Frequently Asked Questions
Q. WHAT IS RADIO FREQUENCY (RF) ENERGY
A. RF emission describes the energy associated with electromagnetic waves. We are surrounded by everyday conveniences that produce radio frequency emissions, such as cell phones, microwave ovens and baby monitors.
Q. DO METERS EMIT DANGEROUS LEVELS OF RF?
A. Networked meters do not emit dangerous levels of RF. In fact, RF emissions from a typical meter fall far below federal limits. The RF exposure a person might encounter from a meter in a typical household setting can be of significantly less strength than the RF signals they are exposed to from common electronic devices found within the home, such as cell phones, microwave ovens, Wi-Fi networks and radio and television broadcasts.
Source: Electric Power Research Institute (EPRI), Radio Frequency Exposure Levels from Smart Meters, November 2010.
Q. WHAT ARE THE HEALTH IMPACTS OF RF AND METERS?
A. Scientific panels and government authorities throughout the world have conducted numerous studies about the effects of RF on human health and found no evidence to suggest that RF emissions from networked meters pose any specific health risk.
Q. DO METERS USE RADIO FREQUENCIES REGULATED BY THE FCC?
A. Yes.These frequencies are called industrial, scientific and medical (ISM) radio bands. The FCC designates the ISM frequency bands for equipment and appliances that generate and use RF energy. The FCC opened these frequency ranges for wireless communications in 1985 and, since then, experienced a steadily increasing stream of devices occupying the bands. Their exact ranges are as follows:
Q. WHO TESTS FOR THE SAFETY OF METERS BEFORE INSTALLATION?
A. Manufacturers test their meters prior to installation to ensure they meet all FCC standards for safe levels of all emissions.
Q. WHAT DETERMINES A PERSON’S EXPOSURE TO RF?
A. Exposure levels depend on signal strength, transmission duration and distance. A report published by the California Council of Science and Technology (CCST) in 2011 included findings from the Electric Power Research Institute (EPRI) that the estimated maximum exposure level at 1 foot from a networked meter is far below the FCC guidelines; at a distance of about 10 feet, the power-density exposure lessens significantly.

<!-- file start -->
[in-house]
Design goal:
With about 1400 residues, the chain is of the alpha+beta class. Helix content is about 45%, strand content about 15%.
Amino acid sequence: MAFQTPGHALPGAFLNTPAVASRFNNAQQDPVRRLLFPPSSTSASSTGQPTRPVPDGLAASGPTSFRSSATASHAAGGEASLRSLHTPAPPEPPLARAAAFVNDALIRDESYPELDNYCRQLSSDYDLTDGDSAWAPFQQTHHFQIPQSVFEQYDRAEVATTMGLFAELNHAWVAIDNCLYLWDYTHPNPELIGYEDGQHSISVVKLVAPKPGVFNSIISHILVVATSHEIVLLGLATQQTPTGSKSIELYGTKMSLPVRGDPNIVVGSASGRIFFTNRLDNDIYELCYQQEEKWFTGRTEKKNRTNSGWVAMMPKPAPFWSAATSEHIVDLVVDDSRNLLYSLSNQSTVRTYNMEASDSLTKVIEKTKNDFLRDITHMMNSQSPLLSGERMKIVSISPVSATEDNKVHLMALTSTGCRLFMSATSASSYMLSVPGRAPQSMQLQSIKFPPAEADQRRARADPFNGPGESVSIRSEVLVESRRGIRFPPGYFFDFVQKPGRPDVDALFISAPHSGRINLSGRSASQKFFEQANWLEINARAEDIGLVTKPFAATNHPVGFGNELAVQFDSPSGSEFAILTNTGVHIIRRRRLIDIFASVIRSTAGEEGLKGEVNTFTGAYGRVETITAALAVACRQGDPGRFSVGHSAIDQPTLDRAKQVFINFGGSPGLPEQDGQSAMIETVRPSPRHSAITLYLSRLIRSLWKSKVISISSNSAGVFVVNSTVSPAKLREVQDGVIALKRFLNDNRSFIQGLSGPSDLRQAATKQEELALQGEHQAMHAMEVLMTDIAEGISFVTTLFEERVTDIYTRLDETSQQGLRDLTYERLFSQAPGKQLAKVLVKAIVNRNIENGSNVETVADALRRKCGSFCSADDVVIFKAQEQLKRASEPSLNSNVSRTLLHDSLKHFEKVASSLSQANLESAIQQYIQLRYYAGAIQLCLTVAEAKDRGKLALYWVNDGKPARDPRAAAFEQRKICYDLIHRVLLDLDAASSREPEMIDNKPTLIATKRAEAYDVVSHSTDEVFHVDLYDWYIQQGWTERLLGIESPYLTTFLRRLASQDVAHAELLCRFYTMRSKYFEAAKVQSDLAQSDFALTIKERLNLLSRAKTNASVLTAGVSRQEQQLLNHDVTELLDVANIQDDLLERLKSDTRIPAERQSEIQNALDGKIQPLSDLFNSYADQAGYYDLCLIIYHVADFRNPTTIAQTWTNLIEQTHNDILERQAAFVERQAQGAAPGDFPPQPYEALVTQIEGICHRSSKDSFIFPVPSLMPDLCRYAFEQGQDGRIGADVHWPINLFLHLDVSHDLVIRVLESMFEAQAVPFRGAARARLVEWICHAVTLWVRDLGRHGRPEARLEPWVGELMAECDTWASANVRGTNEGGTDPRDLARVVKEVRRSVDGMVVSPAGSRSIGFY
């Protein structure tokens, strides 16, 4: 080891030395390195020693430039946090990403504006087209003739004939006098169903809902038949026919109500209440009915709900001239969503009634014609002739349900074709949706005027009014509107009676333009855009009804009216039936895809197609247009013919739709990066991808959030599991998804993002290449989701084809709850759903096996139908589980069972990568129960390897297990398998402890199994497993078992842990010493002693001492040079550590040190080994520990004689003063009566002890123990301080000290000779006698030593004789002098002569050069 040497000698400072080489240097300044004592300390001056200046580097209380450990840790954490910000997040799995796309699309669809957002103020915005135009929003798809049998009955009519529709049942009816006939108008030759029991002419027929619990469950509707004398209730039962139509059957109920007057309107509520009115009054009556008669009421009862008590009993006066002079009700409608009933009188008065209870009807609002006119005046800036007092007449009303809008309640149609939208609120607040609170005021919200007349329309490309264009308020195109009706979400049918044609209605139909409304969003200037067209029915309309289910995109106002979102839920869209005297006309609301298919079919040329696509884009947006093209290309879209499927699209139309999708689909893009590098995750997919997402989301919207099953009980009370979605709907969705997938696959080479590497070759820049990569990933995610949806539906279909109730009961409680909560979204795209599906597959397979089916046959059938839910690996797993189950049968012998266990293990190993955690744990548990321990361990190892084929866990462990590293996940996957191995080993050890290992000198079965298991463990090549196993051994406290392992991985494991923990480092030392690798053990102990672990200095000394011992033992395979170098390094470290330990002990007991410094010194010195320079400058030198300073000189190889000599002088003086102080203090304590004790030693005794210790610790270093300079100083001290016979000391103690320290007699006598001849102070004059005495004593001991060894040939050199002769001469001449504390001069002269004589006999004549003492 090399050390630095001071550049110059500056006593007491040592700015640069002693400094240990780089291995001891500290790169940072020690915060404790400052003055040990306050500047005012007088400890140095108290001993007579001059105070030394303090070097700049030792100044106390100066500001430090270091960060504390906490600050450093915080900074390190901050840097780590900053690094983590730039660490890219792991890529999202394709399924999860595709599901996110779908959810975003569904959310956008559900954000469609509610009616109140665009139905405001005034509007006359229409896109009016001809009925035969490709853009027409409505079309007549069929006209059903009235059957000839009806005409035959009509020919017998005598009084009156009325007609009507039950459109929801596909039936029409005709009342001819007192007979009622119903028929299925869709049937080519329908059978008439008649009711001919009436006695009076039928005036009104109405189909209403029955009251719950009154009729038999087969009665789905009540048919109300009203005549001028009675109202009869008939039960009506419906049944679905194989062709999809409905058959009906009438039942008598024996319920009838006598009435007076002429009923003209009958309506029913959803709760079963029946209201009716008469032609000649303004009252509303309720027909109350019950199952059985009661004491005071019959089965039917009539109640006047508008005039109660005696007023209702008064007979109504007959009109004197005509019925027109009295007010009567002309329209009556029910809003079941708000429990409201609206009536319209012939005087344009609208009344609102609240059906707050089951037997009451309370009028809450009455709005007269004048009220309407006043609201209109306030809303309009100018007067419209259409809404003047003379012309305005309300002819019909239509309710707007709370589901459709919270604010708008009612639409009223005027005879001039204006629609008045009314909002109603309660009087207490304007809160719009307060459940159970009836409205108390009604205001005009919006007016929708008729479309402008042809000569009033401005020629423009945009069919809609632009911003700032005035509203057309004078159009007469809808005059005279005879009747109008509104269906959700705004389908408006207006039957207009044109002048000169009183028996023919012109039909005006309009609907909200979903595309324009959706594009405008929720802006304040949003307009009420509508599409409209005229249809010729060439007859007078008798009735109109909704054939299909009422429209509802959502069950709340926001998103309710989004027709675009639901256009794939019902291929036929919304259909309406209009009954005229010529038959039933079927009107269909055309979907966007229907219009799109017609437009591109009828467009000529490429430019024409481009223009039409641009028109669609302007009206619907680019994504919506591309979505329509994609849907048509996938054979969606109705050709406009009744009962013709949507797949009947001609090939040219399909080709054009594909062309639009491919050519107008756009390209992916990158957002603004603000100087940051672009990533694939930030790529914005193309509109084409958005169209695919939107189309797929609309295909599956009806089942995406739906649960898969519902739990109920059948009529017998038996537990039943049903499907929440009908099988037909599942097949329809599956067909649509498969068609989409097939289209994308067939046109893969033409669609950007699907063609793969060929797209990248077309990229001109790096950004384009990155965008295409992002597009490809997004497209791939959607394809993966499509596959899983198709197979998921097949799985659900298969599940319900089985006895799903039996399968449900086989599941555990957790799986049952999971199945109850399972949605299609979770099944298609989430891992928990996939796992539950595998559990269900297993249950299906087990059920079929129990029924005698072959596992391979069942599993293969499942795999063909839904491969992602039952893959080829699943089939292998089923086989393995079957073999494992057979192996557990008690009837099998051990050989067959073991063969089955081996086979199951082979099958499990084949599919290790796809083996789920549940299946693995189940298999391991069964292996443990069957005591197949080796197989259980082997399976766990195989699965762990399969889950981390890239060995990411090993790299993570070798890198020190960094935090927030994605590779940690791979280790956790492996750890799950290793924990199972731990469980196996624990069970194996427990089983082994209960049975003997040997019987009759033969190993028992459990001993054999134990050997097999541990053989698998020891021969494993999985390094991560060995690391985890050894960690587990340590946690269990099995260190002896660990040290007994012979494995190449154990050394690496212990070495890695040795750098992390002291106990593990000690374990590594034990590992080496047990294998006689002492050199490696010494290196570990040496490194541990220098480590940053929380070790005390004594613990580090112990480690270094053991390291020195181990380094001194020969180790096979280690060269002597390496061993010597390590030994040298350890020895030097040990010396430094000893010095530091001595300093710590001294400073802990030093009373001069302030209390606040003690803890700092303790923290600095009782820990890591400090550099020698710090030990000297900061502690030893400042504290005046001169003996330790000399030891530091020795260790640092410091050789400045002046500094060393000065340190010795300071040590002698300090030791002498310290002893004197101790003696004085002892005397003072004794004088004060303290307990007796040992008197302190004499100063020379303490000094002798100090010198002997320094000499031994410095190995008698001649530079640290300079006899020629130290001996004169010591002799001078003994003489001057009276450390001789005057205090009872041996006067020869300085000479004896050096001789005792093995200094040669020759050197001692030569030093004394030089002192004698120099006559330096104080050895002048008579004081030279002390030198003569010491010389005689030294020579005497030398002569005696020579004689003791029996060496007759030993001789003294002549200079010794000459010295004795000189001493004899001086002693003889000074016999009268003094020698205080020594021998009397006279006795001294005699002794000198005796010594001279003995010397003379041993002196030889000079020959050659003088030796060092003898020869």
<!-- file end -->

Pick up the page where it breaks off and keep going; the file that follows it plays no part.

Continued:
Source: California Council of Science and Technology, “Health Impacts of Radio Frequency from Smart Meters,” January 2011.
The exposure a person receives from a meter’s RF signal is determined by the person’s distance from the meter, the length of time the meter transmits and the power level of the meter.
The RF exposure a person might encounter from a meter in a typical household setting can be significantly less than the RF signals they are exposed to from common electronic devices found within the home.
Hart EMC’s meters comply fully with Federal Communications Commission (FCC) health and safety standards and emit RF signals far weaker than the levels permitted by the FCC.
Numerous scientific studies and government authorities have determined there is no evidence to suggest that RF emissions from meters pose any specific health risk.
Our meters emit a low level of radio frequency energy that is both FCC-approved and lower than the level of RF energy emitted by many other devices that are used daily by millions of people. At most, networked meters transmit radio frequency energy intermittently throughout the day, and that energy is reduced further by surrounding materials.
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